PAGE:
Recently, OMRON Healthcare Co., Ltd. (Fig. 1, HEU-001F; OMRON Healthcare Co., Ltd., Kyoto, Japan) developed a handy-sized urinary Na/K ratio monitor that can quickly and easily measure the Na/K ratio from urine samples. Thus, this monitor might be useful as a noninvasive, self-monitoring device to estimate the urinary Na/K ratio [8, 9]. However, few studies have shown whether urinary Na/K ratios from self-monitoring devices are associated with blood pressure (BP) or hypertension in the general population.
Self-monitoring devices increase the ease of determining Na/K ratios and can enable multiple readings to be taken, which provides unique benefits. In general, an increasing number of measurement days increases the reproducibility of the urinary Na/K ratio. One study reported that Na/K ratios from casual urine samples might yield more accuracy when repeatedly measured due to the reduction in measurement errors . Another study reported that the urinary Na/K ratio from six random casual urine samples on different days was well correlated with Na/K ratios from seven consecutive 24-h urine samples . A previous study reported that an estimated 24-h urinary Na/K ratio from repeated casual urine samples collected yearly for 5 years was positively associated with blood pressure . Thus, it is feasible that multiple measurements of the urinary Na/K ratio might yield more accurate results. However, no studies have evaluated the relationship between multiple measurements of urinary Na/K ratios and home hypertension in a large population.
Therefore, we aimed to determine whether multiple measurements of the urinary Na/K ratio via casual urine strengthen the relationship between the urinary Na/K ratio and home hypertension better than a single measurement of the casual urinary Na/K ratio.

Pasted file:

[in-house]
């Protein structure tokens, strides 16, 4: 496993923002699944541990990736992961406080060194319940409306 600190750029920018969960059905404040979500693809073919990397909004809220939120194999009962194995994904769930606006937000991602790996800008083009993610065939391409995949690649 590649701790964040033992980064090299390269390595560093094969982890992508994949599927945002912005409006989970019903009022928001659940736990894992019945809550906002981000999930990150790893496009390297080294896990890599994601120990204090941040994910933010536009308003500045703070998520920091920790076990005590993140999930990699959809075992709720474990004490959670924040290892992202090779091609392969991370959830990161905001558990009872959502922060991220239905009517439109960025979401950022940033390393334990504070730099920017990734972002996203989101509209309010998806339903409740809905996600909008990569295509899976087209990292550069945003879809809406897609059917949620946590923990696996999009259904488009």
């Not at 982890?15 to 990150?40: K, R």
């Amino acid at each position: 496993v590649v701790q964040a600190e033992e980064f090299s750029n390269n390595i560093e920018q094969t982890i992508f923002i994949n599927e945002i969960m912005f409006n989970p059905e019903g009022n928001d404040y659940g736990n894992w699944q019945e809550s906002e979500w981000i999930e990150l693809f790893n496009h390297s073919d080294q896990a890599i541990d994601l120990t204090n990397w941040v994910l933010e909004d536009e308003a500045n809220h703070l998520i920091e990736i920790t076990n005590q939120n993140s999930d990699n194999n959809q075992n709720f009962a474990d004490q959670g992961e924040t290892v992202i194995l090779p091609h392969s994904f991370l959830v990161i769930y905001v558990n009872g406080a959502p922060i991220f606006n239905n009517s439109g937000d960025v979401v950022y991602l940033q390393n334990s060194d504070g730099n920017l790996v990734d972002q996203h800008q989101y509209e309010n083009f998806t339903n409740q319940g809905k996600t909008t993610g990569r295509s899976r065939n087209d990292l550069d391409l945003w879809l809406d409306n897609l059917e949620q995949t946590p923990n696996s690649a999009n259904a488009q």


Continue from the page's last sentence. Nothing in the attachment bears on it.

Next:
The present study was a cross-sectional study using data from the Tohoku Medical Megabank Project Cohort Study. In 2011, the Tohoku Medical Megabank Project Cohort Study (TMM Cohort Study) aimed to comprehend and address the mental and physical impacts of the Great East Japan Earthquake. In addition, this study sought to improve health and medical care in this region. All subjects were community residents of the Miyagi Prefecture or Iwate Prefecture and were recruited for this study between May 2013 and March 2016 (approval number of the Ethical Review Board: 2016-4-054, HG H25-2).
Those who participated in the baseline survey of the TMM Cohort Study were invited to complete a secondary survey. Starting in June 2017, participants could visit any of the seven Community Support Centers within the Miyagi Prefecture to complete this secondary survey. We also began a collaborative study in June 2017 with OMRON Healthcare Co., Ltd. for participants in the secondary survey of the TMM Cohort Study (June 2017–March 2020). At three of the seven Community Support Centers, we lent urinary Na/K ratio monitors and BP monitors to the participants. Of 7772 participants who agreed to participate in the secondary survey of the TMM Cohort Study at three Community Support Centers before October 2018, 4733 participants agreed to participate in the collaborative study with OMRON Healthcare Co., Ltd. (response rate: 60.9%). All participants provided written, informed consent to participate in this collaborative study as approved by the institutional Review Board of Tohoku Medical Megabank Organization (approval number: 2017-4-007).